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Keywords:

  • Calcium;
  • dietary;
  • hair analysis;
  • magnesium;
  • pre-eclampsia

Objective

Supplementing pregnant women at high risk of developing pre-eclampsia with calcium may reduce the incidence of the disease. This study examines differences in serum and hair concentrations of calcium and magnesium between women with pre-eclamptic and normotensive pregnancies.

Design

Observational case–control study.

Setting

Two teaching hospitals in Cape Town, South Africa.

Population

Women with pre-eclamptic (N = 96) or normotensive (N = 96) pregnancies, who delivered a single, live infant.

Methods

Demographic and current pregnancy details were retrieved from clinical notes. Each participant completed a dietary questionnaire. Venous blood samples were taken from each participant to assess serum calcium and magnesium concentrations. Hair samples were obtained from all participants and calcium and magnesium levels were measured by inductively coupled plasma optical emission spectrometry (ICPOES).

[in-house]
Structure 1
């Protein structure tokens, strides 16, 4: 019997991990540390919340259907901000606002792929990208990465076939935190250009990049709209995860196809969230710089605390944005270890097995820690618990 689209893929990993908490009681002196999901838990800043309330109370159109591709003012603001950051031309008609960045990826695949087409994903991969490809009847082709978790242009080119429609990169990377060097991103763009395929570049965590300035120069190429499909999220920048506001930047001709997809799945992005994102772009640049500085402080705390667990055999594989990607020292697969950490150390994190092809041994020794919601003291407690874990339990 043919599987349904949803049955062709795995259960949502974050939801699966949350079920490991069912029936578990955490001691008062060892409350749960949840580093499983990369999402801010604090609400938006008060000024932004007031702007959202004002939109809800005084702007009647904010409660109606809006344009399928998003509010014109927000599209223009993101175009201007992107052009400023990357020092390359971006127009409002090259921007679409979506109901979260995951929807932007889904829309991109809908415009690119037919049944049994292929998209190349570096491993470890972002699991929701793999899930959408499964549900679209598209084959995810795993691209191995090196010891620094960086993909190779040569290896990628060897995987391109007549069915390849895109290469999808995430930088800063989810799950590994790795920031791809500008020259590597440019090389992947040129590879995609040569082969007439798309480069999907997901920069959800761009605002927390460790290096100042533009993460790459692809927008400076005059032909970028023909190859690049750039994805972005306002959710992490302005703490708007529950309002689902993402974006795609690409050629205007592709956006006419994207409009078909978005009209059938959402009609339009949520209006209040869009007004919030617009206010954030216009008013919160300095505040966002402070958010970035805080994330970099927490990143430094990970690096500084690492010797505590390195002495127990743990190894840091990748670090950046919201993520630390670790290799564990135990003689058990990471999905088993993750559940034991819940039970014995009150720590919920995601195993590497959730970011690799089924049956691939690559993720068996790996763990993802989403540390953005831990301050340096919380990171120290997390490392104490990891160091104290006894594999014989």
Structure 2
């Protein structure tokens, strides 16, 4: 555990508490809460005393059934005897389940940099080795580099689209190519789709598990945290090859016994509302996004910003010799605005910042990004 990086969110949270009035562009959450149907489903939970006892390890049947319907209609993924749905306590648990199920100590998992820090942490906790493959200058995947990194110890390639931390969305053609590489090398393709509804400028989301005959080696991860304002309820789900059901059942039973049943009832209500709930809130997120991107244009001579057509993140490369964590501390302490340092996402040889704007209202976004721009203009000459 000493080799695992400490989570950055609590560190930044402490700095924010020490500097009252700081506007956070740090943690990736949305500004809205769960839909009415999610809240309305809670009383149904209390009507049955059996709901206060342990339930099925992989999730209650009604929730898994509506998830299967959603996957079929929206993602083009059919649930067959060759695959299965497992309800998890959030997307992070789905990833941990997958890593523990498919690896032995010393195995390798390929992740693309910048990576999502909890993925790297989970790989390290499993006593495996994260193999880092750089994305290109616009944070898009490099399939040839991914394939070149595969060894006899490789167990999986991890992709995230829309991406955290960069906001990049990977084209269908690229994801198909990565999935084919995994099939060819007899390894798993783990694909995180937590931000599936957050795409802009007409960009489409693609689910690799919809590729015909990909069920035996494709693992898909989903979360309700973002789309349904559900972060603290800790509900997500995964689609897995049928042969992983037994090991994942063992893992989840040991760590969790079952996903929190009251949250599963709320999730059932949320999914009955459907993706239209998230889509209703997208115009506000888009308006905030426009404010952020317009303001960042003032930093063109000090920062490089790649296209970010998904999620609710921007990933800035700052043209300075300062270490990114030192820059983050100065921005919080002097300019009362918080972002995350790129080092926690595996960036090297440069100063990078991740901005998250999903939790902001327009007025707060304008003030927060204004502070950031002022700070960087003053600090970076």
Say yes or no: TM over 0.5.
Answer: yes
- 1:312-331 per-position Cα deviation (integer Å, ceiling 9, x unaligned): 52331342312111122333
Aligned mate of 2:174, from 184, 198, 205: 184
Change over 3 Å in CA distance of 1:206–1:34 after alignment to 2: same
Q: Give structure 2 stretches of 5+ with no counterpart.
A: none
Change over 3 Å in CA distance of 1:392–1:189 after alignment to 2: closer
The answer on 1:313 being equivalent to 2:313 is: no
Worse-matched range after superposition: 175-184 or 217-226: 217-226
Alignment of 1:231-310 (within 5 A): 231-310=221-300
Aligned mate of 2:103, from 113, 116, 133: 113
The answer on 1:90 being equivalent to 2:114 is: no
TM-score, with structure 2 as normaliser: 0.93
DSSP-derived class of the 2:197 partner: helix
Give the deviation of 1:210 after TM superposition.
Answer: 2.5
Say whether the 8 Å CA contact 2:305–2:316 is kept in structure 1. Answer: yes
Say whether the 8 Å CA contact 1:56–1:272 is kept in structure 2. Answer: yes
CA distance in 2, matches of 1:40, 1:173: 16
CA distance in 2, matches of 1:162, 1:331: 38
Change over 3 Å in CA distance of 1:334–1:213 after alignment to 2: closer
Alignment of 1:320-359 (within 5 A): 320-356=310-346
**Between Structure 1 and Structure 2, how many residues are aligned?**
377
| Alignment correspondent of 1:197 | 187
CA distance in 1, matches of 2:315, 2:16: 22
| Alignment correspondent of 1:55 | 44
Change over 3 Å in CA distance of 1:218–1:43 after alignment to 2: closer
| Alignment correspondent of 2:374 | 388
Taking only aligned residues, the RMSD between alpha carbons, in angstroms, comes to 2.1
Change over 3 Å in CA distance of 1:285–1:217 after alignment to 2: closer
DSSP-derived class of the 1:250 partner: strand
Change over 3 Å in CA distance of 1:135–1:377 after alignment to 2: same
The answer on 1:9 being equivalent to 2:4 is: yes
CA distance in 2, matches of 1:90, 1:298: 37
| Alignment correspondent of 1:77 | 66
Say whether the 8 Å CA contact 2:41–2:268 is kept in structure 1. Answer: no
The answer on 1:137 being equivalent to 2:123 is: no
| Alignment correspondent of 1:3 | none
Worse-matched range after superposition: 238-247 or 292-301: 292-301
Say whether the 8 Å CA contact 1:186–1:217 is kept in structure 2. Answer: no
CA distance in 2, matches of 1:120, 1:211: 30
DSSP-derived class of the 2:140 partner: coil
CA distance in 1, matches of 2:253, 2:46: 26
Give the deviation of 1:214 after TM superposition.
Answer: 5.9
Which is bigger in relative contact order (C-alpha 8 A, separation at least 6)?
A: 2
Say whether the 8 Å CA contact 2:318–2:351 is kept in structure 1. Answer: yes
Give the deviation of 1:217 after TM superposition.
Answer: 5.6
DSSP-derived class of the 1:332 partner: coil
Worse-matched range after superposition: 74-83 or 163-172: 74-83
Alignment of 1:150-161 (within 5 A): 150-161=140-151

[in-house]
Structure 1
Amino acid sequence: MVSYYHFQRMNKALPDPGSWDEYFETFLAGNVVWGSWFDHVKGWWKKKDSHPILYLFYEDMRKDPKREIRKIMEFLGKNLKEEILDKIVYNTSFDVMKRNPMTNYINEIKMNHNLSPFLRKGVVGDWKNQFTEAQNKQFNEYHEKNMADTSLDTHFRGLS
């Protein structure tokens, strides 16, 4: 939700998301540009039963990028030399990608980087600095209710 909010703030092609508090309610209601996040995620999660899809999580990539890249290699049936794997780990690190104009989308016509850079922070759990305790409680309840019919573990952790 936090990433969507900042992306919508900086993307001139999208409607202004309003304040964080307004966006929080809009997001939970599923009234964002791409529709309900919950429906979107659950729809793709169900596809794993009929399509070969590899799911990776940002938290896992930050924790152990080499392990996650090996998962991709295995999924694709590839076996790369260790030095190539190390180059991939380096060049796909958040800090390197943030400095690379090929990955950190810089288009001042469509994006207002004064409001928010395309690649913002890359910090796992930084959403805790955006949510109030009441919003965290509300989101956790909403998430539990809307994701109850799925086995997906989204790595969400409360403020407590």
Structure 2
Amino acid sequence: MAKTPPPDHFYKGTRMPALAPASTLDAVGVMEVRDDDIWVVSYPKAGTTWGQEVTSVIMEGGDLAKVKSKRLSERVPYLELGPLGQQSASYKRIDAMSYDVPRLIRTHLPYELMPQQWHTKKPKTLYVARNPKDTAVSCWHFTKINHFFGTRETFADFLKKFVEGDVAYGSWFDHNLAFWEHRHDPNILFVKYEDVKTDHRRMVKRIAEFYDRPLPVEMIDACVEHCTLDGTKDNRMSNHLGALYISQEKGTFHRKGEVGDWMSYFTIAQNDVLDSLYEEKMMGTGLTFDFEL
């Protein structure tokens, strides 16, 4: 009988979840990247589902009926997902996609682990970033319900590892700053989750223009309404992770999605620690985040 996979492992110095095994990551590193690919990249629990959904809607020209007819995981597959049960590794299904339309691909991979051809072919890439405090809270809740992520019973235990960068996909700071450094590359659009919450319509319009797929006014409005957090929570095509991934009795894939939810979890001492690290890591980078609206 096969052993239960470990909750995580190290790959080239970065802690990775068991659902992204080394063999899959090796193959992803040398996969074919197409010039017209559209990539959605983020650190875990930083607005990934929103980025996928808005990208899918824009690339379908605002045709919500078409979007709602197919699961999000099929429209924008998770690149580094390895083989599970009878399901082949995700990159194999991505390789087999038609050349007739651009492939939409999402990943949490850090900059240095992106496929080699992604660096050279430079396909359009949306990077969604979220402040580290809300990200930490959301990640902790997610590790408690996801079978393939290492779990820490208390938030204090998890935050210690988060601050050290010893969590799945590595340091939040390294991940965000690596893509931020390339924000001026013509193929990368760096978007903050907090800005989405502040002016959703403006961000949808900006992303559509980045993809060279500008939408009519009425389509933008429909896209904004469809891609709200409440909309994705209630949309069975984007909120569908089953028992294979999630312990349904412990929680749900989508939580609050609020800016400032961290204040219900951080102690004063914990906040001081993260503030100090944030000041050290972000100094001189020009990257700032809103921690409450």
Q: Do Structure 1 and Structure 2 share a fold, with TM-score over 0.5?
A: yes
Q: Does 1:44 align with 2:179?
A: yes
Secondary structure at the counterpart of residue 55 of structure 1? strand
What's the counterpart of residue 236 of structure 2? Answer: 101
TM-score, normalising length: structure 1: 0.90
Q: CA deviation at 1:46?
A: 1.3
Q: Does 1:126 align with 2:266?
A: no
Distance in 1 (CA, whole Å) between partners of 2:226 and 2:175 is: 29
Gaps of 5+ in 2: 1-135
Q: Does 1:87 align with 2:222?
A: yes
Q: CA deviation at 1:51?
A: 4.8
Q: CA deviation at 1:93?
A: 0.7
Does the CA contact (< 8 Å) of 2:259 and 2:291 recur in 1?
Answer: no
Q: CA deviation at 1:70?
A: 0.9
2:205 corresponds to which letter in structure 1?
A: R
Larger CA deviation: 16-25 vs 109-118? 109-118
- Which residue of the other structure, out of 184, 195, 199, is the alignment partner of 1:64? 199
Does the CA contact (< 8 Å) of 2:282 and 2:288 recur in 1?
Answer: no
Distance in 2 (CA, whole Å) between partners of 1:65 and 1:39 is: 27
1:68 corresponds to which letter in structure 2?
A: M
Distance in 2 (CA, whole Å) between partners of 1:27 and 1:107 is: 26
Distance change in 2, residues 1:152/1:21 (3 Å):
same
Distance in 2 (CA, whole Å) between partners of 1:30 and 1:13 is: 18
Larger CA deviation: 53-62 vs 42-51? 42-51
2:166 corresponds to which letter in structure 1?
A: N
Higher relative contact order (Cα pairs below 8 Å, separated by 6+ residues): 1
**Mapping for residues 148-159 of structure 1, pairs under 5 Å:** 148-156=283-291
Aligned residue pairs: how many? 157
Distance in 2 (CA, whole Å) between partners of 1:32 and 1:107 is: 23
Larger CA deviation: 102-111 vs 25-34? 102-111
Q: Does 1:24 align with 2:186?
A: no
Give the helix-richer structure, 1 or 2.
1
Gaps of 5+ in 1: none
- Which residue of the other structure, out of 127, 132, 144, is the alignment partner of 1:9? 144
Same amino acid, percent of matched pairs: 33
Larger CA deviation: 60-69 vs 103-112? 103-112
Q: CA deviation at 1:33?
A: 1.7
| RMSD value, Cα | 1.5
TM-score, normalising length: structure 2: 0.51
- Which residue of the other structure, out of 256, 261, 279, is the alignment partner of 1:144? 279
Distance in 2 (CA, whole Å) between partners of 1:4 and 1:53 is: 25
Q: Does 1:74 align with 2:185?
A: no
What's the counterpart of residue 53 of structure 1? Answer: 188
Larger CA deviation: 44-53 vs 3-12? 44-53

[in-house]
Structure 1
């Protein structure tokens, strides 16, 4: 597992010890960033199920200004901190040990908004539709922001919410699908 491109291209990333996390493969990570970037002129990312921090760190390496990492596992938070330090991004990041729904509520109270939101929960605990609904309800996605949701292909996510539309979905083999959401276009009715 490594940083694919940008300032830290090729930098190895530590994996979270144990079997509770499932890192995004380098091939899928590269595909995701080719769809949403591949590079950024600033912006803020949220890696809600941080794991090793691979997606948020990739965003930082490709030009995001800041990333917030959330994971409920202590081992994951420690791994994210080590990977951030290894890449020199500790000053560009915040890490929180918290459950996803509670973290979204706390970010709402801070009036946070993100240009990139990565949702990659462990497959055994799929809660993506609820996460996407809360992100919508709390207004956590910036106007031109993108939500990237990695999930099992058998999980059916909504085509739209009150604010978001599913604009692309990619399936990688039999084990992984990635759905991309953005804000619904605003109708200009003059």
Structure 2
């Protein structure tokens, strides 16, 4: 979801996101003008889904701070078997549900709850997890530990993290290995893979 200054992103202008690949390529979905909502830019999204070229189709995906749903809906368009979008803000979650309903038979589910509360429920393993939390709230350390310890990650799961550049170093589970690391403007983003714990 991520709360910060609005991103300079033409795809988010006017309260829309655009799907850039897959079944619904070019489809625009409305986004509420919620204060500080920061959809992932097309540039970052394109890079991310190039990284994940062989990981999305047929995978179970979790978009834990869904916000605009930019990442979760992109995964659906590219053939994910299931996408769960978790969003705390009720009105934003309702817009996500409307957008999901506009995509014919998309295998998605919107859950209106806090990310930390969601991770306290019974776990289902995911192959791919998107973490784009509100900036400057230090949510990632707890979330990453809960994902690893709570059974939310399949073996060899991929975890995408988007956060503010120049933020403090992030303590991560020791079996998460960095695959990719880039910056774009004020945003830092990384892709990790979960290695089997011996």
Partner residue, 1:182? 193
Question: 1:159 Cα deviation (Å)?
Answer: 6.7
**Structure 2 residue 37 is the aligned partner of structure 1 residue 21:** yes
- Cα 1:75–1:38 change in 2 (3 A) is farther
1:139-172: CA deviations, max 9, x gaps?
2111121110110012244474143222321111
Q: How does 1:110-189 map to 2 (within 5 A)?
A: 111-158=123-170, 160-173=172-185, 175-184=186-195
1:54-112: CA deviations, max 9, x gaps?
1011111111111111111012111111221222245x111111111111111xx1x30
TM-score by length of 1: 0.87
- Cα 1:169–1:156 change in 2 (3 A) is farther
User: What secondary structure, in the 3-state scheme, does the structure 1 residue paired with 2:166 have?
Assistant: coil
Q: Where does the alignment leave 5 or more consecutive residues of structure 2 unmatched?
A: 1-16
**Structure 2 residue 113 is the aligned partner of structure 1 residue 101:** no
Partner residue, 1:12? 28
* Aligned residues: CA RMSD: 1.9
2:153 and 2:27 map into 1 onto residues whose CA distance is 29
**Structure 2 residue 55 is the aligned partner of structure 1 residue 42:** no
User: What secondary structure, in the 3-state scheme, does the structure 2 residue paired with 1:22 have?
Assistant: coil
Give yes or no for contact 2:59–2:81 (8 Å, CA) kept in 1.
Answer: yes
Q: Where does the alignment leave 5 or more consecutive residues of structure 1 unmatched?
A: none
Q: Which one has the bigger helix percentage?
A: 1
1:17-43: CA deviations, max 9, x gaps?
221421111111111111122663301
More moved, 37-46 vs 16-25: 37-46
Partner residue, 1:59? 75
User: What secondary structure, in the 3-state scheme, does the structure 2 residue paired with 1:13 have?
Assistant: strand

Main outcome measure

Hair and serum calcium and magnesium concentrations were compared between women with pre-eclamptic and normotensive pregnancies.

Results

Diet and socio-economic status in the two groups were similar. There was no significant difference in the hair calcium level between women with pre-eclamptic [1241 parts per million (ppm); range, 331–4654 ppm] and normotensive (1146 ppm; range, 480–4136 ppm) pregnancies (P = 0.5). Hair calcium levels in both groups were not affected by HIV infection.

Conclusion

Woman with pre-eclampsia showed no difference in chronic calcium status relative to normotensive women. This finding does not support the current belief that the mechanism by which calcium supplementation reduces the risk of developing pre-eclampsia is by correcting a nutritional deficiency.